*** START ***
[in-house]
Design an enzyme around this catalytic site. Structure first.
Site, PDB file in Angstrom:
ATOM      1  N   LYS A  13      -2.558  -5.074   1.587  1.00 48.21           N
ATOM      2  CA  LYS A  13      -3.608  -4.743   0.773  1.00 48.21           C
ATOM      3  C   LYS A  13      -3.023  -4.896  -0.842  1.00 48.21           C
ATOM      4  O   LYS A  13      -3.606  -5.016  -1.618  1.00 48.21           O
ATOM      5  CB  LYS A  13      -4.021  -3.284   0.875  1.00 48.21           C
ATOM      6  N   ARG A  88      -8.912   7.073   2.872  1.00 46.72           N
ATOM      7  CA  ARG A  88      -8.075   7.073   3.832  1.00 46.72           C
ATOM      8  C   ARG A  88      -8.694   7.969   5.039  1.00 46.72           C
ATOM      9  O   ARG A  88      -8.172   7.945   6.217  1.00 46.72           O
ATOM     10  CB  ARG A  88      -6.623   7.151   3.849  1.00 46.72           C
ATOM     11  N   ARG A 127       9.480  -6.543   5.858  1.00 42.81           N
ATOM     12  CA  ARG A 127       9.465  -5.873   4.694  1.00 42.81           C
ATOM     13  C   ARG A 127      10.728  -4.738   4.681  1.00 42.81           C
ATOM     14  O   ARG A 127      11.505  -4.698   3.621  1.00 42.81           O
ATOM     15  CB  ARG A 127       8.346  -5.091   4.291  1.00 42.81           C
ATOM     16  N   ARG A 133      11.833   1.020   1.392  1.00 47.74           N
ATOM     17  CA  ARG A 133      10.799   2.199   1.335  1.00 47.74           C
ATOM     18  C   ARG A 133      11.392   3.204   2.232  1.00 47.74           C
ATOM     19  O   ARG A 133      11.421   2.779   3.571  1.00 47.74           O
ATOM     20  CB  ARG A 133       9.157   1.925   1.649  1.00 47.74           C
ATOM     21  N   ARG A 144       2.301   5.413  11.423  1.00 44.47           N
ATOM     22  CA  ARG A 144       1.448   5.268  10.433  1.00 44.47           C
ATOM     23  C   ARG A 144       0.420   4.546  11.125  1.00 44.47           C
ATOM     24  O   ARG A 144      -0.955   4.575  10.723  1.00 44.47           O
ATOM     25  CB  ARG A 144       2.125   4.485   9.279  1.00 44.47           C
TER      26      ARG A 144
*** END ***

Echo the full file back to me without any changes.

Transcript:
[in-house]
Design an enzyme around this catalytic site. Structure first.
Site, PDB file in Angstrom:
ATOM      1  N   LYS A  13      -2.558  -5.074   1.587  1.00 48.21           N
ATOM      2  CA  LYS A  13      -3.608  -4.743   0.773  1.00 48.21           C
ATOM      3  C   LYS A  13      -3.023  -4.896  -0.842  1.00 48.21           C
ATOM      4  O   LYS A  13      -3.606  -5.016  -1.618  1.00 48.21           O
ATOM      5  CB  LYS A  13      -4.021  -3.284   0.875  1.00 48.21           C
ATOM      6  N   ARG A  88      -8.912   7.073   2.872  1.00 46.72           N
ATOM      7  CA  ARG A  88      -8.075   7.073   3.832  1.00 46.72           C
ATOM      8  C   ARG A  88      -8.694   7.969   5.039  1.00 46.72           C
ATOM      9  O   ARG A  88      -8.172   7.945   6.217  1.00 46.72           O
ATOM     10  CB  ARG A  88      -6.623   7.151   3.849  1.00 46.72           C
ATOM     11  N   ARG A 127       9.480  -6.543   5.858  1.00 42.81           N
ATOM     12  CA  ARG A 127       9.465  -5.873   4.694  1.00 42.81           C
ATOM     13  C   ARG A 127      10.728  -4.738   4.681  1.00 42.81           C
ATOM     14  O   ARG A 127      11.505  -4.698   3.621  1.00 42.81           O
ATOM     15  CB  ARG A 127       8.346  -5.091   4.291  1.00 42.81           C
ATOM     16  N   ARG A 133      11.833   1.020   1.392  1.00 47.74           N
ATOM     17  CA  ARG A 133      10.799   2.199   1.335  1.00 47.74           C
ATOM     18  C   ARG A 133      11.392   3.204   2.232  1.00 47.74           C
ATOM     19  O   ARG A 133      11.421   2.779   3.571  1.00 47.74           O
ATOM     20  CB  ARG A 133       9.157   1.925   1.649  1.00 47.74           C
ATOM     21  N   ARG A 144       2.301   5.413  11.423  1.00 44.47           N
ATOM     22  CA  ARG A 144       1.448   5.268  10.433  1.00 44.47           C
ATOM     23  C   ARG A 144       0.420   4.546  11.125  1.00 44.47           C
ATOM     24  O   ARG A 144      -0.955   4.575  10.723  1.00 44.47           O
ATOM     25  CB  ARG A 144       2.125   4.485   9.279  1.00 44.47           C
TER      26      ARG A 144